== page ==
John D. Ehrlichman, 73, the White House domestic affairs adviser imprisoned for his role in the Watergate scandal, died Feb. 14 at his home in Atlanta. Mr. Ehrlichman's son Tom said his father had diabetes.
Mr. Ehrlichman was one of the most prominent members of the administration of Richard M. Nixon. Often scowling from beneath bristling eyebrows, the energetic Mr. Ehrlichman seemed to symbolize, in his pugnacity, the administration's determination to confront its foes and reshape policy over a wide front.
He was convicted in the Watergate coverup along with H.R. Haldeman, the White House chief of staff, and John N. Mitchell, the attorney general. In a separate trial, he was convicted for the break-in at the office of the psychiatrist of Daniel Ellsberg, a Vietnam War critic.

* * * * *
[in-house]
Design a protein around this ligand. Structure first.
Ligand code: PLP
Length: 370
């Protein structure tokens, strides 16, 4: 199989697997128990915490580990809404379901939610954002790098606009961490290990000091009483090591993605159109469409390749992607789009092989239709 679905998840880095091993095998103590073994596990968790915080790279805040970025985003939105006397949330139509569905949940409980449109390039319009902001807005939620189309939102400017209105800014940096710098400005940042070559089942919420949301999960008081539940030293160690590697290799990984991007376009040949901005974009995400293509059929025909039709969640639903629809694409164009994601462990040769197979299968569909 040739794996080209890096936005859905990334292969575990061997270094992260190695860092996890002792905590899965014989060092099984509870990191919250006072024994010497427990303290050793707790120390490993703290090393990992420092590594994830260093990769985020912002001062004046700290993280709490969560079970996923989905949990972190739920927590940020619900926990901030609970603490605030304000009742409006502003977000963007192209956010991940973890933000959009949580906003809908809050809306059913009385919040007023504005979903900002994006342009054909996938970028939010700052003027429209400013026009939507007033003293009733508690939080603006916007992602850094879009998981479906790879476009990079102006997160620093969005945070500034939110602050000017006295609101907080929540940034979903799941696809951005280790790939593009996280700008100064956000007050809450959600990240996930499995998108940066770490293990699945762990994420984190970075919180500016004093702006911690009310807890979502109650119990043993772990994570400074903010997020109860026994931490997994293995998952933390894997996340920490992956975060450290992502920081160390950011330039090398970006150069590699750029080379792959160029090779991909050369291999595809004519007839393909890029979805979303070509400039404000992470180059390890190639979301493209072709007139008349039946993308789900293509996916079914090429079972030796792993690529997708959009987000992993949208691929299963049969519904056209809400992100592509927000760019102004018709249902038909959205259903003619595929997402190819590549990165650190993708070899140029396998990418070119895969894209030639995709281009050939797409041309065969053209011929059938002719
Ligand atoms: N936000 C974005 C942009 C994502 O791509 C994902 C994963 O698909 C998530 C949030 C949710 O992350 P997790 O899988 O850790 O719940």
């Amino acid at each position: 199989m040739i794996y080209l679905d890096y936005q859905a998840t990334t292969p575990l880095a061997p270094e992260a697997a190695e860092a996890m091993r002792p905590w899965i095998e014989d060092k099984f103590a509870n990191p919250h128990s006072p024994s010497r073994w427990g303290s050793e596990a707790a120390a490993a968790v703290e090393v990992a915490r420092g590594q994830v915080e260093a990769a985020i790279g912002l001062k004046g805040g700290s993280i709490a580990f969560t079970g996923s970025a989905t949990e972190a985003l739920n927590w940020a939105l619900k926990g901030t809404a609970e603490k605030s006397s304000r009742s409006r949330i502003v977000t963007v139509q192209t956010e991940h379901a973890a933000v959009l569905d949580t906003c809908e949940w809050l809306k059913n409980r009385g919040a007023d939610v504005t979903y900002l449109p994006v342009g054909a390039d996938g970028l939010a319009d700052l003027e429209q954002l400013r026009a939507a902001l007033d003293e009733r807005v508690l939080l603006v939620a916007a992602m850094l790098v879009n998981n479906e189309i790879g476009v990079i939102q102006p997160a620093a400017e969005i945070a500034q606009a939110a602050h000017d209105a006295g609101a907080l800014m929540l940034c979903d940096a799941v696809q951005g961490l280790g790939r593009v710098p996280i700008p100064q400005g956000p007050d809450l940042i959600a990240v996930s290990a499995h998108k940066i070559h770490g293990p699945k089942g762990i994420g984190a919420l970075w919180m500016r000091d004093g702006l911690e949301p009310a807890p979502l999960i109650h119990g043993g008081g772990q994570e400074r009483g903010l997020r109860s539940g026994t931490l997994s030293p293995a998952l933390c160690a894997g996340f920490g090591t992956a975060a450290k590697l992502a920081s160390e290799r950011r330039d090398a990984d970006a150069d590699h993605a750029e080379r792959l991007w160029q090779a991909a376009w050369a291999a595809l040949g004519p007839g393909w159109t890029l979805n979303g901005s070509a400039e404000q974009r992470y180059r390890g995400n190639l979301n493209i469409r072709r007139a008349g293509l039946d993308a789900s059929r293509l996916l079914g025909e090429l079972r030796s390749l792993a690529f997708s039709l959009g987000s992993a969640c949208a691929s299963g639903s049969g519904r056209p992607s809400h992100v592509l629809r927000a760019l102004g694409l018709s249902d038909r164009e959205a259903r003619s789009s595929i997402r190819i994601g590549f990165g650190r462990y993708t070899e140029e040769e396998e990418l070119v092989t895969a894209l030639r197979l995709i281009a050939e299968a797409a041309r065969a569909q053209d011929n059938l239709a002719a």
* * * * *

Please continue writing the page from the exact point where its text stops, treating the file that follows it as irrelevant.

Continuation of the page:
After serving 18 months in federal prison, Mr. Ehrlichman, a disbarred lawyer, made a new life for himself as an author and appeared to have changed his personality as well. Once known as a brusque stickler for efficiency, he grew a beard and seemed mellow, relaxed and amiable.
He suggested that his earlier image might have been distorted.
"I was never the person everybody saw in the Watergate hearings," he told an interviewer in 1979. Arguing for a balanced view of the administration in which he was a principal figure, he cited such accomplishments as its passage of significant environmental legislation.
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